Loss of retinoid receptors expression happens frequently in the development of carcino- genesis and induction of resistance to apoptosis. The known effect of ATRA on differentiation of cells is mediated through RARβ. RARβ belongs to the nuclear receptor (NR) superfamily of transcription factors. Upregulation of RARβ within the drugresistant cancer cells, which exhibits loss of RARβ expression, has been shown to increase the susceptibility of cells to apoptosis induced by chemotherapeutic agents. Activation of RARs or RXRs contributes to induction of RARβ, growth inhibition and apoptosis by retinoids. It evidenced that the therapeutic anti-CSC and proapoptotic effects of ATRA are dependent on receptor class-selective retinoids and the expression of RARβ plays a role in mediating retinoid response in NSCLC cells. [38, 42]. The loss of RARβ might contribute to enhanced cancer stemness and the apoptosis resistance of CSCs to gefitinib in NSCLC cells. ATRA can induce the apoptosis of NSCLC CSCs through activation of RARβ and its ability to down-regulate the CSCs markers in lung cancer cells [42, 43]. The expression of RARβ as well as RXRβ was reported to be downregulated in NSCLC, which enabled the cancer cell to evade apoptosis [45, 46].The RARβ is also known as tumor suppressor and the major target gene of retinoid action, and an enhanced level of RARβ protein exhibited its growth inhibitory action of lung cancer cells [47, 48]. RARβ can mediate retinoid action in lung cancer cells by promoting apoptosis. However, a fundamental question that remains unanswered is how ATRA and RARβ trigger apoptosis in lung cancer cells. Studies showed the overexpression of RARβ was accompanied by an increase in c-Myc and Bax but not TP53 protein expression and associated with an increase in the Bax/Bcl2 ratio, and that ATRA enhanced G1 growth arrest, up-regulated p21and p27 and downregulated cyclin D1. These data suggest that the expression of RARβ is positively associated with ATRA-induced apoptosis and growth inhibition in lung cancer cells [38, 42–45]. It has been shown that RA inhibits EGFR expression at the transcriptional level by targeting the EGFR promoter leading to inhibition of lung cancer cell growth and arrests EGFR-TKI resistant NSCLC cells in the G0/G1 phase of the cell cycle by altering the expression of GATA-binding factor 6 (GATA6) and inhibits the activation of two important pathways involved in lung cancer progression namely EGFR and Wnt signaling to overcome TKI resistance . Combinatorial treatment of retinoids with EGFR-TKIs drugs in EGFR-TKIs resistance lung cancer cells promotes the activation of GATA6 and then inhibits the activation of EGFR/Wnt signaling pathways and favors the association of RXR, RARβ, and cellular retinoic acid binding protein-2 (CRABP2). This complex inhibits the proliferation and promotes the differentiation of lung tumor cells via inhibiting activating protein-2 (AP-2), which result in re-sensitization of EGFR-TKIs resistant lung cancer cells .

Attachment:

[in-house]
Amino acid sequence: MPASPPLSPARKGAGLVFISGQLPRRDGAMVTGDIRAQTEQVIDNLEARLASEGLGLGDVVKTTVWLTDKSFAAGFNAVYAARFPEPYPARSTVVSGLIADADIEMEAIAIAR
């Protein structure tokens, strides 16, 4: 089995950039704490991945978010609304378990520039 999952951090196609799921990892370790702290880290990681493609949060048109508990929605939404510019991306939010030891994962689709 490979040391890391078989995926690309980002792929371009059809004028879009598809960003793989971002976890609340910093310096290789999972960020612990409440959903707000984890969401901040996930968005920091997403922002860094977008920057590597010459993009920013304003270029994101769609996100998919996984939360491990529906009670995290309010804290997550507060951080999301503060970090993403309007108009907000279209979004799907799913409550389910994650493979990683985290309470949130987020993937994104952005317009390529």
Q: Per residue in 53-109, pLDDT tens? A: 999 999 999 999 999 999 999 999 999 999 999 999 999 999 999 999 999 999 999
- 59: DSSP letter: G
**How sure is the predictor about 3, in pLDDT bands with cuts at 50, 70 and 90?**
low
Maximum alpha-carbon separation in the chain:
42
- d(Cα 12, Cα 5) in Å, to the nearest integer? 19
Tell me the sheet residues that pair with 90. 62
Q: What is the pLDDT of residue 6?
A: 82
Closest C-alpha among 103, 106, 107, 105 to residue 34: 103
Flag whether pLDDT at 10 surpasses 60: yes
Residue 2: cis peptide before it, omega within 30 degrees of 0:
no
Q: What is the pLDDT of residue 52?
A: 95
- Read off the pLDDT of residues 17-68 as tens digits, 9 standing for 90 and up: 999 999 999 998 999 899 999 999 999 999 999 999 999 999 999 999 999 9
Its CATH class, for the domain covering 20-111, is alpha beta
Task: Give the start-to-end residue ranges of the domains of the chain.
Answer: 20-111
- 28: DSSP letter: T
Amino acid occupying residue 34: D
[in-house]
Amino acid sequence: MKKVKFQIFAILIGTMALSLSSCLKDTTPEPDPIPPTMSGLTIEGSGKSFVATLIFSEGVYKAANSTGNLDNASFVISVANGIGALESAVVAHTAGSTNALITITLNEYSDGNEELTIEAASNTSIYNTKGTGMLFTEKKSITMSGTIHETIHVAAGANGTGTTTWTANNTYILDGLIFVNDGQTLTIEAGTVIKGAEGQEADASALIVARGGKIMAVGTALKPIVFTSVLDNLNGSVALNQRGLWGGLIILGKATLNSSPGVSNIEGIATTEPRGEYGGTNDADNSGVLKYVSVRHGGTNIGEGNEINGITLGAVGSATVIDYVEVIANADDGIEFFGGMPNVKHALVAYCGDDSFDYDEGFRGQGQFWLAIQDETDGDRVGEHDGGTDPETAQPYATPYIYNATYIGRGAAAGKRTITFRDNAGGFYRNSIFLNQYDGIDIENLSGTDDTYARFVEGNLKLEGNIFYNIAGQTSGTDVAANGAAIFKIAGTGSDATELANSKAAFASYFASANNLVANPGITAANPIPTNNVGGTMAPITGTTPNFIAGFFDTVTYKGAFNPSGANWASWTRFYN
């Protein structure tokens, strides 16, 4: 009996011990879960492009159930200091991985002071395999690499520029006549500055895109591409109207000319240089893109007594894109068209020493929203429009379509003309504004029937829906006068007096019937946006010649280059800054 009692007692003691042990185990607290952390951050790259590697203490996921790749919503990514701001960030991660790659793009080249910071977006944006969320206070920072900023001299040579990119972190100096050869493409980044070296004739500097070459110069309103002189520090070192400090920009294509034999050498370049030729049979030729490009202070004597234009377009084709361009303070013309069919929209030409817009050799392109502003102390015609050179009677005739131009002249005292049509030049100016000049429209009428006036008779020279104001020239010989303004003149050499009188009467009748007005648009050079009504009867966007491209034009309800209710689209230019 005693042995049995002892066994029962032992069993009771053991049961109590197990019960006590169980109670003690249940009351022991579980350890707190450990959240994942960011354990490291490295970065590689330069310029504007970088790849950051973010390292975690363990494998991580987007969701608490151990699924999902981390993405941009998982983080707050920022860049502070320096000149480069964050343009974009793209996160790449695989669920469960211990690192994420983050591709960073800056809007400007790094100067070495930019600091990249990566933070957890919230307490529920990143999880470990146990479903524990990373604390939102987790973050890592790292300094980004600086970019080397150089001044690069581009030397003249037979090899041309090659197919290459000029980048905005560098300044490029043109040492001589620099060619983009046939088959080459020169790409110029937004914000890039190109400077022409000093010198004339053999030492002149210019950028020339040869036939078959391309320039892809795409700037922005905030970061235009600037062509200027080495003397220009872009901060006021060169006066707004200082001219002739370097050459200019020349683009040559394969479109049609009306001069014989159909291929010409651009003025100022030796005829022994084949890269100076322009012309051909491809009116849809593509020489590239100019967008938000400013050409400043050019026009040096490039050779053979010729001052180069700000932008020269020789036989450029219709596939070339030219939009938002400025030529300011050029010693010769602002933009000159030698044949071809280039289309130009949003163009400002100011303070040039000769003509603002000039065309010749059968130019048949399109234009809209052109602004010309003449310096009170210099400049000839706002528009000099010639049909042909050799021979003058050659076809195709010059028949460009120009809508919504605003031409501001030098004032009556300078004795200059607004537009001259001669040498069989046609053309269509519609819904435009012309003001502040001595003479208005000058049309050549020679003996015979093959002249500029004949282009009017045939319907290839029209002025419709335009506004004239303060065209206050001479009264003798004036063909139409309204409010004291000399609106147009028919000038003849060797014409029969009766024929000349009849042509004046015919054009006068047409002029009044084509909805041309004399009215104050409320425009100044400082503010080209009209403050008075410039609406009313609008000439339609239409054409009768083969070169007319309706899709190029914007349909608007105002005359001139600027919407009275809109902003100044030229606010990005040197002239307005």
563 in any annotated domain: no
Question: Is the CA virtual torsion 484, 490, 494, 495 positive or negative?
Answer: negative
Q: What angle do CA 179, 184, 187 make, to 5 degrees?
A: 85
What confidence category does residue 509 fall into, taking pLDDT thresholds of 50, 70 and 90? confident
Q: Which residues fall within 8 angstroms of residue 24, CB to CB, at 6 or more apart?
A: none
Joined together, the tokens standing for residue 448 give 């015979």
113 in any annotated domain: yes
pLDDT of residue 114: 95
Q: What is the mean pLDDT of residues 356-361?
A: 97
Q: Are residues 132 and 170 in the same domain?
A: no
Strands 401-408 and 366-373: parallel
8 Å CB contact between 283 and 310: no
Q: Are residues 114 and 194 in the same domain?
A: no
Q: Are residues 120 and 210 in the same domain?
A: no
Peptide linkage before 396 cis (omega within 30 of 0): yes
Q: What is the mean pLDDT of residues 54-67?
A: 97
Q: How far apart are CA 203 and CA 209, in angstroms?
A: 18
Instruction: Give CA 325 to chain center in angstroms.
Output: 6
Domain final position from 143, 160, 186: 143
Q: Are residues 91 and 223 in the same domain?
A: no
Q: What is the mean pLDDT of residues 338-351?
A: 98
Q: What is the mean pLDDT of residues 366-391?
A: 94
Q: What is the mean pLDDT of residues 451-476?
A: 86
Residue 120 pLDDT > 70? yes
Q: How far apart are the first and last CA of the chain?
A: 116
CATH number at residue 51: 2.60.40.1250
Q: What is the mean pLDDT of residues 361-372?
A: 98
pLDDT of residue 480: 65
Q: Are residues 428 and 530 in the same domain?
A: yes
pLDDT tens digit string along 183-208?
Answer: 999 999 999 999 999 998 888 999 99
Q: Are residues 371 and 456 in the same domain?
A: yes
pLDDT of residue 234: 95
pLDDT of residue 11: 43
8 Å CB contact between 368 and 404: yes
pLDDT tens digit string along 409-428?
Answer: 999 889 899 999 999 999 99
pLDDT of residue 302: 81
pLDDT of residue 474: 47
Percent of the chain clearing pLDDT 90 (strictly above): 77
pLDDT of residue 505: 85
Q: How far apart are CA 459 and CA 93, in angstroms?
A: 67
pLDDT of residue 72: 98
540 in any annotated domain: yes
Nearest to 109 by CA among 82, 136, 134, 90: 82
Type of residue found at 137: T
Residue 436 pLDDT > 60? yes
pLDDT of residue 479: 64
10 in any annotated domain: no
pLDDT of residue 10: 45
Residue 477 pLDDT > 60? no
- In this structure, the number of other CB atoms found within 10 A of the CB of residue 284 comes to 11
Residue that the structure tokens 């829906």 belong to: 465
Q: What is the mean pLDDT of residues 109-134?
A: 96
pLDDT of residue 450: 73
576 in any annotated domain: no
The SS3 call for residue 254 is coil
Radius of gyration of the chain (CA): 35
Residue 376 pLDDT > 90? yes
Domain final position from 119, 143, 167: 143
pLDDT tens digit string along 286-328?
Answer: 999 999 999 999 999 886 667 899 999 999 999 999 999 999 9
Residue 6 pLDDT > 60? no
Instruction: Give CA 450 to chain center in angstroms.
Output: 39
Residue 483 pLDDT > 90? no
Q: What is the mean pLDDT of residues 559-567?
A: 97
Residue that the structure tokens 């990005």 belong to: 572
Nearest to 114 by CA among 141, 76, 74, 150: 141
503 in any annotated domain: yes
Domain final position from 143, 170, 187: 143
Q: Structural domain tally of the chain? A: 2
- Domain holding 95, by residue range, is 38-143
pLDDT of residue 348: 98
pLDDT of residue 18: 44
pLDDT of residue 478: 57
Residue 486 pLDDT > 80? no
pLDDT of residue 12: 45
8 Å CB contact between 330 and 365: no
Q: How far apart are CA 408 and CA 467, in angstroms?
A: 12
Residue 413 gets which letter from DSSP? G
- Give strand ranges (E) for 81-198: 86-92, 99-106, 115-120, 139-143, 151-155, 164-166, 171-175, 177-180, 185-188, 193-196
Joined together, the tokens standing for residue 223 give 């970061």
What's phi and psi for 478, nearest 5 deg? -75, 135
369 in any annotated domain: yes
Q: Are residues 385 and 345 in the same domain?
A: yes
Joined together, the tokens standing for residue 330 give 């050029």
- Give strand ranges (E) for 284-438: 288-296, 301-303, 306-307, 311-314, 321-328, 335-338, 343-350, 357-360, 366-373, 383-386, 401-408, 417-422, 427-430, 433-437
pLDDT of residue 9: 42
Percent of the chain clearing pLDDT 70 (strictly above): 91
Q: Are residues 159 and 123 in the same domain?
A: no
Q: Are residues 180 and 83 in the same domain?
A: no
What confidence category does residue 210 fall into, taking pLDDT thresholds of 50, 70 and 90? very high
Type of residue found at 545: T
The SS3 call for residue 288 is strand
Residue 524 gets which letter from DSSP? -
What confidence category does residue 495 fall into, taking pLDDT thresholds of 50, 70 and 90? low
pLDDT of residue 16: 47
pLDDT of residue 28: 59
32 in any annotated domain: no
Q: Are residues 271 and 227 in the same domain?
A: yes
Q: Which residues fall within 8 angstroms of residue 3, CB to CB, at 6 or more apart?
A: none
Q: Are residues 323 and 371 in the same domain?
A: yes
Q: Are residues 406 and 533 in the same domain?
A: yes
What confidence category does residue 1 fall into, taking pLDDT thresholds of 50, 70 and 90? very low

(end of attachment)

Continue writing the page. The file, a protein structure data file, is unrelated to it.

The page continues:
In this study, a short-term gefitinib treatment was used to enrich A549GSCs and H1650GSCs. FCM assay showed that A549GSCs and H1650GSCs have a significant increase in proportions of ALDH1A1bright/CD44high cells (Fig. 2), and we further confirmed that these ALDH1A1bright/CD44high GSCs exhibit increased IC50 values for gefitinib compared to that of their respective parental cells (Table 1 and Fig. 1A and B ), and are involved in CSCs but not in EGFR T790M-mediated gefitinib resistance (Supplementary Fig. 1), suggesting that ALDH1A1bright/CD44high CSCs in NSCLC/ADC contribute to resistance to gefitinib. Interestingly, treatment with ATRA significantly reduced ALDH1A1 and CD44 expression of A549GSCs and H1650GSCs, and their IC50 values for gefitinib, thus returning to sensitization to gefitinib (Table 1 and Fig. 1A and B). These results showed that in contrast to the known tendency of EGFR-TKIs, such as gefitinib, to target the non-stem-like ALDH1A1-negative cell population, ATRA can modulate the ALDH1A1bright/CD44high cell population in NSCLC/ADC. Therefore, the synergistic antitumor effect of ATRA in combination with gefitinib might be a promising therapeutic strategy to prevent or re-sensitize CSC-mediated gefitinib resistant NSCLC/ADC [49, 50].